On the Grid: Building Resilience 11/03/23

On the Grid: Building Resilience 11/03/23

On the grid HG

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We were honored to host Speaker Emerita Nancy Pelosi at the Third Way office this week for a public event on the threat  No Labels, a dark-money group working to get a third-party presidential candidate on the ballot in 2024, posed to the election and durability of issues like clean energy action. Few voices carry as much credibility as Speaker Emerita Pelosi. You can read more about Third Way’s work on third-party candidates, their propensity to underperform and hurt incumbents, and the credible threat they pose for Democrats in 2024.

There’s no greater risk to American democracy, and therefore the durability of our nation’s clean energy leadership, than another Trump presidency. That’s why Third Way has been leading a coalition that spans the Democratic spectrum to warn that No Labels’ third-party presidential bid would help re-elect Donald Trump. Yesterday, Third Way hosted Speaker Emerita Nancy Pelosi at an event at our office to reinforce the threat of a No Labels ticket poses to our democracy.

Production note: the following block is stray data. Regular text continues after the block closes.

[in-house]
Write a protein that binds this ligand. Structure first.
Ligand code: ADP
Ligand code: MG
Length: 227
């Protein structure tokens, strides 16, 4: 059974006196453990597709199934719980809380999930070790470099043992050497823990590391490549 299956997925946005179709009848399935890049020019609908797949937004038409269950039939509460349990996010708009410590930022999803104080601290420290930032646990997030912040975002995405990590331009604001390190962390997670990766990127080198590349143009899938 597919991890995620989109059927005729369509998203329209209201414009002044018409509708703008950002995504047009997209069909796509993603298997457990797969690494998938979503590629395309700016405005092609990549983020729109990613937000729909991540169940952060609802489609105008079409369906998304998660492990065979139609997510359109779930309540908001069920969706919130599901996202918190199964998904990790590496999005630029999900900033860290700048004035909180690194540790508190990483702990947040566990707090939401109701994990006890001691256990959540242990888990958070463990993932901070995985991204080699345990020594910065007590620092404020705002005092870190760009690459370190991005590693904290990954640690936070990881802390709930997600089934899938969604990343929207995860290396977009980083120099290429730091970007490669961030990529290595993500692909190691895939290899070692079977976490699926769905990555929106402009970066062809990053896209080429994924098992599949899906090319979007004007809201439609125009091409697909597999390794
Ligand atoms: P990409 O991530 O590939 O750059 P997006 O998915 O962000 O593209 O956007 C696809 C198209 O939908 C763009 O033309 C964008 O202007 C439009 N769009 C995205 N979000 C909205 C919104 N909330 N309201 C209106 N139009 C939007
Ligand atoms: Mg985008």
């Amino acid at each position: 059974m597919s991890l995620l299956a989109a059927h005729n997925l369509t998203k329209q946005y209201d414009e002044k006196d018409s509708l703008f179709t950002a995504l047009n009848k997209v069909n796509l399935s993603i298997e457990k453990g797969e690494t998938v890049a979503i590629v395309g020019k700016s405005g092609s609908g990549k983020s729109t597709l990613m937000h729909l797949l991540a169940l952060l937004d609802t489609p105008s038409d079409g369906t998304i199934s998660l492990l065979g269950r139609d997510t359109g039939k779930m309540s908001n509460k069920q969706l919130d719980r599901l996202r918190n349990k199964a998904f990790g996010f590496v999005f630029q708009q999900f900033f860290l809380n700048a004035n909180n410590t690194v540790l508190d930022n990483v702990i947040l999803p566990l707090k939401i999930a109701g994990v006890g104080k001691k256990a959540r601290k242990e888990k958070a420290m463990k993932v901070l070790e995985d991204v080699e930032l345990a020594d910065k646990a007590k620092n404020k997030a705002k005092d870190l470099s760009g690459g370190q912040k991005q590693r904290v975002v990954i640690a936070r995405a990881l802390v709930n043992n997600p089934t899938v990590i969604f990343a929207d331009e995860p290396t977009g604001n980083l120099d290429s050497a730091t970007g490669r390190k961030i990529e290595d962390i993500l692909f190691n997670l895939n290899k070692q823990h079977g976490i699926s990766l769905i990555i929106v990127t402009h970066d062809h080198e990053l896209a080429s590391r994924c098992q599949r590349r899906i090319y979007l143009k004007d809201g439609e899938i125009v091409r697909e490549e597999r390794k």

Speaker Emerita Nancy Pelosi (left) and Jon Cowan, President and Co-Founder of Third Way (right)..

We’ve been raising the alarm on No Labels for the past year, disproving their claims of a path to victory and showing that they will be a dangerous spoiler that divides the anti-Trump coalition. And a new Third Way memo released last week showed that No Label’s has a radical new plan. Because they can’t win the election outright, their strategy has shifted to trying to win a few electoral votes in order to force a contingent election where they can play kingmaker. But this gambit is likely to throw the 2024 election to a vote of the House. If you thought the chaos of the past few weeks was insane, imagine if House Republicans were choosing the next American President. In a vote by delegations, the House will elect Donald Trump. The danger of this scheme in the wake of January 6th is obvious. As Speaker Emerita Pelosi warned when she spoke out about their bid this week, “No Labels is perilous to our democracy.” 

A second Trump term would be detrimental in every way, but especially to our efforts to transition to cleaner, cheaper, secure, and more reliable energy. One only needs to look back three years at the first Trump term’s energy policies to understand this risk.